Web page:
For many of us, these are trying times and it can be challenging not to fall into collapse and discouragement over our collective political, social, and ecological situation. One of the things I’ve found helpful is to remember that there tend to be natural and inevitable cycles that shift what’s been in the foreground to the background and vice versa. When things look the worst, it sometimes means that change is just around the corner, that the pendulum is reading to swing the other way.
When I do hypnosis with people, one of the constant metaphors I draw on to support the idea of healing, growth, deepening, and discovery is the changing seasons. Even when a season seems to take forever to shift, say, from winter to spring, the shift does eventually happen. I may feel that spring is never going to emerge, that the green will never return to Central Park, that the days will never be light again. During times like these, I find myself drawing on the metaphor of the fact that the season will eventually change, no matter what, which supports my ability to re-center myself.
This doesn’t mean we need to become passive and wait for change before being able to do anything. Instead, it means we can draw on the inevitability of change as a companion along the way, and allow ourselves to be open to move, or be moved, in the direction we’d hope to see emerge within the cycle of change, recognizing that nothing stays the same, ever. One of the core Buddhist teachings is that change happens, always, with everything. Sometimes that can be a scary thought, when we are in a situation that we want to stay as it is. At times like these, though, the fact that change happens, always, in every case, can be a call for optimism, for possibility, for being part of where that change is going.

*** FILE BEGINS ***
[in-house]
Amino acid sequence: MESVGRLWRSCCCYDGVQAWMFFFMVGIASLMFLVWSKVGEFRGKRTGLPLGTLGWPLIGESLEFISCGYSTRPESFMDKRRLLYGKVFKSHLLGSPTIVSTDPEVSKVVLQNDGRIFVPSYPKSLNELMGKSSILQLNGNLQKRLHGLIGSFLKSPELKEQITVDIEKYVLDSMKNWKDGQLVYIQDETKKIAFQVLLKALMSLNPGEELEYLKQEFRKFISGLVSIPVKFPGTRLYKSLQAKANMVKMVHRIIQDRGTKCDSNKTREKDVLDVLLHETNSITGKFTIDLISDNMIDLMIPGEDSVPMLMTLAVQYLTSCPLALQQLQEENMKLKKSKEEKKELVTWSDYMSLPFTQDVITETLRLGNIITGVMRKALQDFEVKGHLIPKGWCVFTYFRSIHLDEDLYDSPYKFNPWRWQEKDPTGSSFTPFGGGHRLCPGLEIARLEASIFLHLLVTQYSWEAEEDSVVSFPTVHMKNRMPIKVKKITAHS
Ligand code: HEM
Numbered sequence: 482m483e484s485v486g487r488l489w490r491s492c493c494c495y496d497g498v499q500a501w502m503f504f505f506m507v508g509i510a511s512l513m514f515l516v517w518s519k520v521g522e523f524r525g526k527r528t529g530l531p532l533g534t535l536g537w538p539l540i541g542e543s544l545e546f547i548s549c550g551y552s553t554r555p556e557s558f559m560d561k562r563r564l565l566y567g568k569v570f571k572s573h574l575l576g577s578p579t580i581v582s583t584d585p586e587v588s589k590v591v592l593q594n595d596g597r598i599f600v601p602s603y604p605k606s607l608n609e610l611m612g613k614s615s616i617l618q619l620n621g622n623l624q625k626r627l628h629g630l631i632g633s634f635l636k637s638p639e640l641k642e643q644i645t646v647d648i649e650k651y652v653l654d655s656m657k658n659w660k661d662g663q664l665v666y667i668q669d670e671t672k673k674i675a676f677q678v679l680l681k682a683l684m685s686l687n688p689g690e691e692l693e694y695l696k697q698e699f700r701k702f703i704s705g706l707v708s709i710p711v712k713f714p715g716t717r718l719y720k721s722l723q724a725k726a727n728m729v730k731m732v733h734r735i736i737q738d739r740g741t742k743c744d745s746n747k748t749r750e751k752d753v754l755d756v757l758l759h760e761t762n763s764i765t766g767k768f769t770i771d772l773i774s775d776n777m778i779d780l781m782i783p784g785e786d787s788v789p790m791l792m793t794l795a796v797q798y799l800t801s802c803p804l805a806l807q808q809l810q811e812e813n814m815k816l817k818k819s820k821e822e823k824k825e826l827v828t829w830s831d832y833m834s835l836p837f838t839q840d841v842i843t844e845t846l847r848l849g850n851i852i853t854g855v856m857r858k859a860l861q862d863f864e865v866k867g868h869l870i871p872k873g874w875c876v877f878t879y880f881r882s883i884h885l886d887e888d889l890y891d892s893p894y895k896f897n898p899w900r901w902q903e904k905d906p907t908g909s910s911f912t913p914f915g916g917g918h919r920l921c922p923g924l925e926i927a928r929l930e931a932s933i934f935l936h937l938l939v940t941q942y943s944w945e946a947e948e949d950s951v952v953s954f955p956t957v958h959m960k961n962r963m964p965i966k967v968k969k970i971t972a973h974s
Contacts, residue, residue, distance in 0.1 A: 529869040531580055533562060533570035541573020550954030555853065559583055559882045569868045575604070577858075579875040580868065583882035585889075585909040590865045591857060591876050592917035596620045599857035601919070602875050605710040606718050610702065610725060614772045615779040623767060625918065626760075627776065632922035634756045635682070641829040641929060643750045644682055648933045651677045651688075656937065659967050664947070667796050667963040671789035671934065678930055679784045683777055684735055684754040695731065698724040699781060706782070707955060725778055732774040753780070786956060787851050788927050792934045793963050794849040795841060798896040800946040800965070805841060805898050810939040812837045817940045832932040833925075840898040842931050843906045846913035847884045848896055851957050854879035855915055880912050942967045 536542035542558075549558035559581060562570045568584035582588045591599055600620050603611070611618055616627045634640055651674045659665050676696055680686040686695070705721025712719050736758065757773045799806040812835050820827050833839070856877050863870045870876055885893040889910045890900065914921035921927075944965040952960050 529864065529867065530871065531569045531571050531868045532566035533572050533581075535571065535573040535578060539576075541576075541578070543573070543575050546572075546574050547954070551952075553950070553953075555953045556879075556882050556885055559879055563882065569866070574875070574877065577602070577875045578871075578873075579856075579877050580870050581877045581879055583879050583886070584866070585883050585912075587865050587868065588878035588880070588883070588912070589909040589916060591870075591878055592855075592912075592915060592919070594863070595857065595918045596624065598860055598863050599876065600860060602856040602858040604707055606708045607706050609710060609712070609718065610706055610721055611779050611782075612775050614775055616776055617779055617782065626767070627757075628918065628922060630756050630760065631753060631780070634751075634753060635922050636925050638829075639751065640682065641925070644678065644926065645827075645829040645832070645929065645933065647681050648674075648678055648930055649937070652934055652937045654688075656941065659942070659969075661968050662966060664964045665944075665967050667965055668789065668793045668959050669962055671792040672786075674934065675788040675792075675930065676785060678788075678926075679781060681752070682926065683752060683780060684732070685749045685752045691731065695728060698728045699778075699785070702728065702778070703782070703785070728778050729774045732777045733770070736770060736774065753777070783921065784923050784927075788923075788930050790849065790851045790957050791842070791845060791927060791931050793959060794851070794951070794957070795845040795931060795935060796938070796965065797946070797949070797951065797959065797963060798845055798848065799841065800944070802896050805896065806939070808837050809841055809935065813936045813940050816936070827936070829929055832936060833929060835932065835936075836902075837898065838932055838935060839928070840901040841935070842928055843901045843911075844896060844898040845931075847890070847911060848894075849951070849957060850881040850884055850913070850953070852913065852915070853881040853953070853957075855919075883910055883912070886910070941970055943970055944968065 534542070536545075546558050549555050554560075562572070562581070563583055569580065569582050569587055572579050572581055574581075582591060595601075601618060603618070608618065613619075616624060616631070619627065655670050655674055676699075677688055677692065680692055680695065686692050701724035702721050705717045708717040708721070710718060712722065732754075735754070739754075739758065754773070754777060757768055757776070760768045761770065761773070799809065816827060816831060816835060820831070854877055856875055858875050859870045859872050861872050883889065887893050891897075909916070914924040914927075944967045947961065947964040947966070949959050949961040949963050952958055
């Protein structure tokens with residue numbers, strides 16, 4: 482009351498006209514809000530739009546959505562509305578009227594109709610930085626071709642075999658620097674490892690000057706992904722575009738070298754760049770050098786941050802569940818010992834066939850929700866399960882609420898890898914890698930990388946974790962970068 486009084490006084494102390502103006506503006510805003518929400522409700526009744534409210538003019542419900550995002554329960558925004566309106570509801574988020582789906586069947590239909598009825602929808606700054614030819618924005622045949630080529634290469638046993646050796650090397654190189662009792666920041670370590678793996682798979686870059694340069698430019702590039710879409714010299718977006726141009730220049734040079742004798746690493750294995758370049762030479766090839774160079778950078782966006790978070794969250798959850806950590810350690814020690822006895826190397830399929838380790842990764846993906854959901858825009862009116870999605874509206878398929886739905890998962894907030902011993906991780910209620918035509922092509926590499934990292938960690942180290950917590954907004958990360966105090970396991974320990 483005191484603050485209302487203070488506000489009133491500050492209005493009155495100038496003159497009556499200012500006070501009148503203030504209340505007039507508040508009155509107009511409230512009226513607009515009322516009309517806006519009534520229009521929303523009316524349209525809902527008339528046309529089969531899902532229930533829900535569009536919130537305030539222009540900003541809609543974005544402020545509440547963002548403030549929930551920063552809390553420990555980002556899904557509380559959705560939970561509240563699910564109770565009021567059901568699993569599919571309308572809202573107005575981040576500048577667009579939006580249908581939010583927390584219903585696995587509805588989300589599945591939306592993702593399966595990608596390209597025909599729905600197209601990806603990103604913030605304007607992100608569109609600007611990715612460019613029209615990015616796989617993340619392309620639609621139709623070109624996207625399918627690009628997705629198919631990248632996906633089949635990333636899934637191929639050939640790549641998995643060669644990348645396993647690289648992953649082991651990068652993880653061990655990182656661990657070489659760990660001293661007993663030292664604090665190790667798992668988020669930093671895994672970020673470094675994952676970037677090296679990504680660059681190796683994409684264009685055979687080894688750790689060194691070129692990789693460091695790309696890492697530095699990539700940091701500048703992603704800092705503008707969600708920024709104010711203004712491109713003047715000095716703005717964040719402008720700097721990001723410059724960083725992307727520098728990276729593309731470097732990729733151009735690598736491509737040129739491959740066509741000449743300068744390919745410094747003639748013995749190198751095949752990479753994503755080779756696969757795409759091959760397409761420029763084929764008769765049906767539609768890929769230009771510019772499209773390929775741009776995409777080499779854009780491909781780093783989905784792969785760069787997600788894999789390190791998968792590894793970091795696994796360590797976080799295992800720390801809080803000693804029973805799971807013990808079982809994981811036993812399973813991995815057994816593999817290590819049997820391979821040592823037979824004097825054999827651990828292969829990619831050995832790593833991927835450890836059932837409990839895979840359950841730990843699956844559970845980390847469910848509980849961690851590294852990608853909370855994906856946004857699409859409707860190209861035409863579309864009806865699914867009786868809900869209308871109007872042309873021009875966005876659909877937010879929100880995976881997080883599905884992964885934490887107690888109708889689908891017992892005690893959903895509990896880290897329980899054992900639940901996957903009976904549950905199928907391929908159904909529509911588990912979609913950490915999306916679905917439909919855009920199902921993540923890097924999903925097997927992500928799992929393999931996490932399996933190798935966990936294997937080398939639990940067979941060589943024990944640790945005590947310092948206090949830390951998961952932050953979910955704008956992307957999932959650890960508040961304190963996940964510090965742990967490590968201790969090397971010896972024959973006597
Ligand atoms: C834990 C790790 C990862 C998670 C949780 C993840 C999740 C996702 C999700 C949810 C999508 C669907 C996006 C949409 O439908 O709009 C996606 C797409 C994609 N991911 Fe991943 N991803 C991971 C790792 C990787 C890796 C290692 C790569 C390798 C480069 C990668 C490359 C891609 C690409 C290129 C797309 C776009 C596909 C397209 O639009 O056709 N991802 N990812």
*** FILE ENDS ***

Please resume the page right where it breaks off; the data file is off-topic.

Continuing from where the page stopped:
For this week’s practice in conscious living, I invite you to notice how you support yourself when you feel like giving up, when you feel overwhelmingly discouraged, when you feel like there’s no point in trying to do anything to stem the flood of bad news and collective suffering. What do you draw on to give yourself a wider picture of possibility? For example, do you search out examples of where people are actively engaged in helping one another, serving the planet, creating options that offer viable and positive solutions to our collective human problems?
For this week, pay particular attention to how you offer yourself the kind of psychological food that allows you to feel whatever pain or fear may be present but where you also remember that change is inevitable. In whatever ways this makes sense to you, give yourself a bit of time each day to draw on inspiration of any kind that nourishes and supports your ability to access a sense of possibility, and that supports tapping into your inherent steadiness.
I’ve often described to friends and colleagues how I spend time each morning with inspirational documentaries, talks, and interviews as I get ready for the day. I never start a day without something inspirational in my awareness, as I find that setting the tone for the day in this way, right at the beginning, has a positive effect on me regardless of what the day may bring. Somewhere in the back of my mind, I remember the good news of the morning.
Play with what works best for you, finding and reinforcing what nourishes and sustains you as you move through your everyday life. Remember that where you focus your attention is where you resonate, is the filter through which you perceive your world and the experiences unfolding in it. Without denying the suffering and struggles we have individually and collectively, allow yourself access to the fact that there are also amazingly positive things happening in communities all over the world and it can help a lot to have an awareness of the whole picture as you move through your daily life.